Trying to Outpace the Grief

22 Mar

It was a hard weekend. When you’re wading through grief, there’s no warning before a fresh wave hits. You can be walking down the street and suddenly tears spring to your eyes or in the grocery store when a certain song comes on and you remember.  Some days you wake up and think “something’s not quite right but I can’t recall what that something is.”  Then it all comes flooding back…

There were five of us. Young, healthy, in our 20’s. All with separate lives and dreams but we came together to run. And surf. And rock climb. But mostly to run.

We swam in the ocean every Valentine’s Day. I learned how to change in  and out of a wet suit in the back of a car while the guys danced around in the frigid Maine air waiting their turn. I learned how to eat a peanut butter sandwich in exactly six bites during a minute long running break. I found a friend who liked Villanova and Cinnamon Toast Crunch as much as I did and who got used to my shorthand – Nova/Vova/Ova and CTC. I learned how to be the lead climber and that bouldering is a lot of hard work.  I learned how to ride a $5,000 triathlon bike aggressively and without fear.

But mostly we ran.

I was never a runner as a kid. I loved biking and fencing and soccer and volleyball (although I was possibly the worst player the world has known). I was a fish – I craved water. But running the mile up my neighborhood hill to please my Dad was a chore. Running the mile for the Presidential Challenge was excruciating. I was never athletic.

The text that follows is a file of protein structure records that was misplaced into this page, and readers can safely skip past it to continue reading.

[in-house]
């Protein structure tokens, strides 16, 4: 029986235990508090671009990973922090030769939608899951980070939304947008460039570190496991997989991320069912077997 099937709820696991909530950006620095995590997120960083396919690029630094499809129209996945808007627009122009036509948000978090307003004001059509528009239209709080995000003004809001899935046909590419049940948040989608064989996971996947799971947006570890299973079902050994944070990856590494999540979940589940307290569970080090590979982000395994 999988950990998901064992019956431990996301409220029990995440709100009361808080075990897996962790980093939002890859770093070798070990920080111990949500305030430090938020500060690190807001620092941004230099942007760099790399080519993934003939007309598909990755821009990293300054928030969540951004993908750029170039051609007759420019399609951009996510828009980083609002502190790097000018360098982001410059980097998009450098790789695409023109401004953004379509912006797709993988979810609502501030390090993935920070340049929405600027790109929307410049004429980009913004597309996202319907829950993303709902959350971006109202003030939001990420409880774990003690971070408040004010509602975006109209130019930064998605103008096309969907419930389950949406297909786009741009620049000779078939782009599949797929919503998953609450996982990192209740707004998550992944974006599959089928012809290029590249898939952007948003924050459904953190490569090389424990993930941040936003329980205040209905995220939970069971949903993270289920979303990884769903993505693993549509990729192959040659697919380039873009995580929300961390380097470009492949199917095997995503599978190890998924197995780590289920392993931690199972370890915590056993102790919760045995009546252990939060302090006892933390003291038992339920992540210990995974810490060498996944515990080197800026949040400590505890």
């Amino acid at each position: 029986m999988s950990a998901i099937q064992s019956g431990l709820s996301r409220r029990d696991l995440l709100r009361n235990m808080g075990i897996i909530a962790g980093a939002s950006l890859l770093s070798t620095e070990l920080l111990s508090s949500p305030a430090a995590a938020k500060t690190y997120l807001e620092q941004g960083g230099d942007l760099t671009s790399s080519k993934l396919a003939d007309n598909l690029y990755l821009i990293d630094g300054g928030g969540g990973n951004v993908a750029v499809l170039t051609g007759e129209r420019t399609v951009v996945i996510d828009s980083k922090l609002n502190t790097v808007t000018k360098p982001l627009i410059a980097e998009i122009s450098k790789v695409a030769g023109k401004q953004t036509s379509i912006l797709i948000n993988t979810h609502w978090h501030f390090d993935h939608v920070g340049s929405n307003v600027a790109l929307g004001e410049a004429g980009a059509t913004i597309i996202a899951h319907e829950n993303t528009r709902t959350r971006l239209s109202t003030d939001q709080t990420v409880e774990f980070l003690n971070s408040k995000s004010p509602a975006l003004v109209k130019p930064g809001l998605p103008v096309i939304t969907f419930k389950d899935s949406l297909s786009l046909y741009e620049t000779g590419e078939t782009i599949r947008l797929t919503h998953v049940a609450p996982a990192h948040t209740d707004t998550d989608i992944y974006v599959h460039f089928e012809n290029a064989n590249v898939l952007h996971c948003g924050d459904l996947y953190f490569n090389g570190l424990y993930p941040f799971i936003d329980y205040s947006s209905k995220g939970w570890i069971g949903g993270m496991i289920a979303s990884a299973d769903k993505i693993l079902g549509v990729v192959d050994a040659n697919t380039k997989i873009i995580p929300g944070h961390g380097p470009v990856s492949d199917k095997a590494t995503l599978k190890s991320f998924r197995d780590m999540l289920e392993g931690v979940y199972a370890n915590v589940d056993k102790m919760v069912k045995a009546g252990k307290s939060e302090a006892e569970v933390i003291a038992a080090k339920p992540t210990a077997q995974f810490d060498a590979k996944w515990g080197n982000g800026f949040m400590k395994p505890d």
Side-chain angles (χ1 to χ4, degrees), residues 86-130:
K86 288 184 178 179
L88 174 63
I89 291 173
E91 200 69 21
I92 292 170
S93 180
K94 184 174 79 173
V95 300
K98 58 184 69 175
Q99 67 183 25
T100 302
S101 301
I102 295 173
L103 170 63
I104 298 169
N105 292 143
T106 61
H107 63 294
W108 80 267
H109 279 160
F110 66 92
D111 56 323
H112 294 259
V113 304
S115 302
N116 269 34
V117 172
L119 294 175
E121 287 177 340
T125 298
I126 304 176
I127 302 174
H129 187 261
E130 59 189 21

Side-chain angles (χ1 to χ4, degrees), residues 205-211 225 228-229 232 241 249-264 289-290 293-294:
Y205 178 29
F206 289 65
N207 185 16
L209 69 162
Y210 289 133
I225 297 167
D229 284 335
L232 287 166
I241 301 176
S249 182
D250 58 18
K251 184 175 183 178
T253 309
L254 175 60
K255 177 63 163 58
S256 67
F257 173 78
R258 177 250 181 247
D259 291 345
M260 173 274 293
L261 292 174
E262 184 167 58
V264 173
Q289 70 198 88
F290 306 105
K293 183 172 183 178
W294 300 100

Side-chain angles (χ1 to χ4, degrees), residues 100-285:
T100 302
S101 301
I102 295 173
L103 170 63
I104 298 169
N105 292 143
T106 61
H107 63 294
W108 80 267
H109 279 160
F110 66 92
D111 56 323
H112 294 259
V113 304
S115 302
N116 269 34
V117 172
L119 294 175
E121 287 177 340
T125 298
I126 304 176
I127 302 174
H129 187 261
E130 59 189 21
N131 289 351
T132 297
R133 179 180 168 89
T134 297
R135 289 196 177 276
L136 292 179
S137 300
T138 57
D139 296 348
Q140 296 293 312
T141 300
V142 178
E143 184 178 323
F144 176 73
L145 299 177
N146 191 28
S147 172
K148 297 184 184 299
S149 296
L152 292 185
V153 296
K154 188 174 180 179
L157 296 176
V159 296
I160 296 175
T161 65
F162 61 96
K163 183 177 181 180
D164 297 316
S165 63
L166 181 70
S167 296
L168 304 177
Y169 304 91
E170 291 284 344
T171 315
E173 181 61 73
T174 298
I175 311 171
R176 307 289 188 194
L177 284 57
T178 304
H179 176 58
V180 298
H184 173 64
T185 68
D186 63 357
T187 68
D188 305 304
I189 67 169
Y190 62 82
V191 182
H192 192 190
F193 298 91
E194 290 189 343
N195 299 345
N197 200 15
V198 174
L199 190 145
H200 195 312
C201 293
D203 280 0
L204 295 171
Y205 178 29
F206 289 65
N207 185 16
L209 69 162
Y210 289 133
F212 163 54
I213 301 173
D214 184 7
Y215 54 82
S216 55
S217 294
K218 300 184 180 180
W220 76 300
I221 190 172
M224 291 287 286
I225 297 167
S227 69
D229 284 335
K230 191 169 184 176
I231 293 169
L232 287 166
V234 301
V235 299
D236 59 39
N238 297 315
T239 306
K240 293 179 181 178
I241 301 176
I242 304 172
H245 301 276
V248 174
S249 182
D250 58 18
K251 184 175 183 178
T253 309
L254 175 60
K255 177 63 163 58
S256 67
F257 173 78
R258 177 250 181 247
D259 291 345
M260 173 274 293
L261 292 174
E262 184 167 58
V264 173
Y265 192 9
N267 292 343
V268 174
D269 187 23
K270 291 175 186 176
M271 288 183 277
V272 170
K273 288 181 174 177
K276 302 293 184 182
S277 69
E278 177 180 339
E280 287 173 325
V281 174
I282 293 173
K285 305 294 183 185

And then something happened.  A lot of little somethings.  And the next thing I knew, I was in love with running. We made a good team.  I learned that there are speed demons and there are endurance runners and it is okay to be in the second camp.

So there were 5 of us endurance runners and now there are 3.  And on Tuesday we ran from PPL Park to Citizens Bank Park and then the Lincoln Financial Field.  I thought we were running through the grief.  I was.

But they were running from the grief.  And it can’t be done.  No matter how far or how fast you run, you can’t outpace grief.  Nor should you. If someone’s life meant something to you, you should want to experience the sensations of loss and heartbreak.

Run to memorialize the good.
Run to physically and mentally work through the bad.
Run as reward.
Run as discipline.
But don’t run to stave off grief.  Grief will be waiting for you.  And you will have expended energy for nothing.

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